The historic Nunan House with its columned veranda, pretentious Queen Ann-style embellishments and prospect of charming Jacksonville has caught the eye of many wives over the years, but only a few have been able to persuade their husbands to purchase the estate.
Jeremiah Nunan was the first man to gift his bride the 4,088-square-foot mansion.
Nunan, a successful businessman and entrepreneur, selected the house — Design No. 143 — from a catalog called “The Cottage Souvenir” and reportedly had the material shipped from Knoxville, Tennessee, in 14 boxcars. The house was designed by architect George Franklin Barber of Knoxville, built by local contractor H.F. Wood and was projected to cost between $6,000 and $7,000, according to the Historic American Buildings Survey.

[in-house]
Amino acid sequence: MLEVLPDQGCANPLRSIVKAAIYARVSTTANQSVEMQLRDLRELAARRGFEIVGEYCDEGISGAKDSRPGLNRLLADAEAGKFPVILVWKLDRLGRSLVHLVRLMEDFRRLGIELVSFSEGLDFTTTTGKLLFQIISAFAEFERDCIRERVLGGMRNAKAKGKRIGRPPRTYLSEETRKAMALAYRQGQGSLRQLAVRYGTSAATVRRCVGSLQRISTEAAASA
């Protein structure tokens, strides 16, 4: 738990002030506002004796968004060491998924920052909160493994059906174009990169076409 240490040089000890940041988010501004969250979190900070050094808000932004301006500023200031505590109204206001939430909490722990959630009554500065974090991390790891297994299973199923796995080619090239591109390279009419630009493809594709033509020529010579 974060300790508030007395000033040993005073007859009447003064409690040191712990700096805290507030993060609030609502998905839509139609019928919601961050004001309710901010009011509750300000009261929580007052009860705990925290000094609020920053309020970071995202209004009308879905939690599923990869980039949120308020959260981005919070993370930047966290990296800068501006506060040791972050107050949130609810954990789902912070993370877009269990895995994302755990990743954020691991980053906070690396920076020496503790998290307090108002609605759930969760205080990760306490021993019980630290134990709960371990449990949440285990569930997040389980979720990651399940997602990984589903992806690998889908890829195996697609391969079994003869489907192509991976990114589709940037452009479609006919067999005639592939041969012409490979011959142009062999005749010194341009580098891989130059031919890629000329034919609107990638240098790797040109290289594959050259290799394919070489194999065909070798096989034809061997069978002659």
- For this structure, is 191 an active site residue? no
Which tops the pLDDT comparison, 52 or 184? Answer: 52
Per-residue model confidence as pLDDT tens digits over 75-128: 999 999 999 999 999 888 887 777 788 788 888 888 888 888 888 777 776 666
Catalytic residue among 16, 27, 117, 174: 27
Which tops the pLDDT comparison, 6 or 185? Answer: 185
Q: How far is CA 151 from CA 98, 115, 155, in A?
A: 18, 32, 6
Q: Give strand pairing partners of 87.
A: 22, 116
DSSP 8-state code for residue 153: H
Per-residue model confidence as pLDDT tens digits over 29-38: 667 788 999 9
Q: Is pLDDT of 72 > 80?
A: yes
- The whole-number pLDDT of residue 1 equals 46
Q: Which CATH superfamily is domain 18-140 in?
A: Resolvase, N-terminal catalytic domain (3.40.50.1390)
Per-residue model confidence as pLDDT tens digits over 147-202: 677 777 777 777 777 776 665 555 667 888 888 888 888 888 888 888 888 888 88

Born in 1844 in Ireland, Nunan moved to Jacksonville in the 1860s during the gold rush and opened a harness and saddle shop with his friend, Henry Judge, and later a mercantile.
There are conflicting reports of how Nunan met his wife, Delia O’Grady. Delia’s sister Anne O’Grady married Judge, and some say Nunan met Delia through her sister. Others say the O’Grady sisters were mail-order brides and the two men flipped a coin to determine who got which sister, according to information gathered from the Southern Oregon Historical Society.
Nevertheless, Nunan married Delia in 1872, and the couple had seven children — two died in infancy. They had been married 20 years when Nunan purchased the grand house for his wife.
On Dec. 2, 1892, the Jacksonville Democratic Times reported that the Nunan family had moved into their elegant, new residence in Jacksonville.
“It is by far the handsomest edifice in southern Oregon,” the newspaper article read.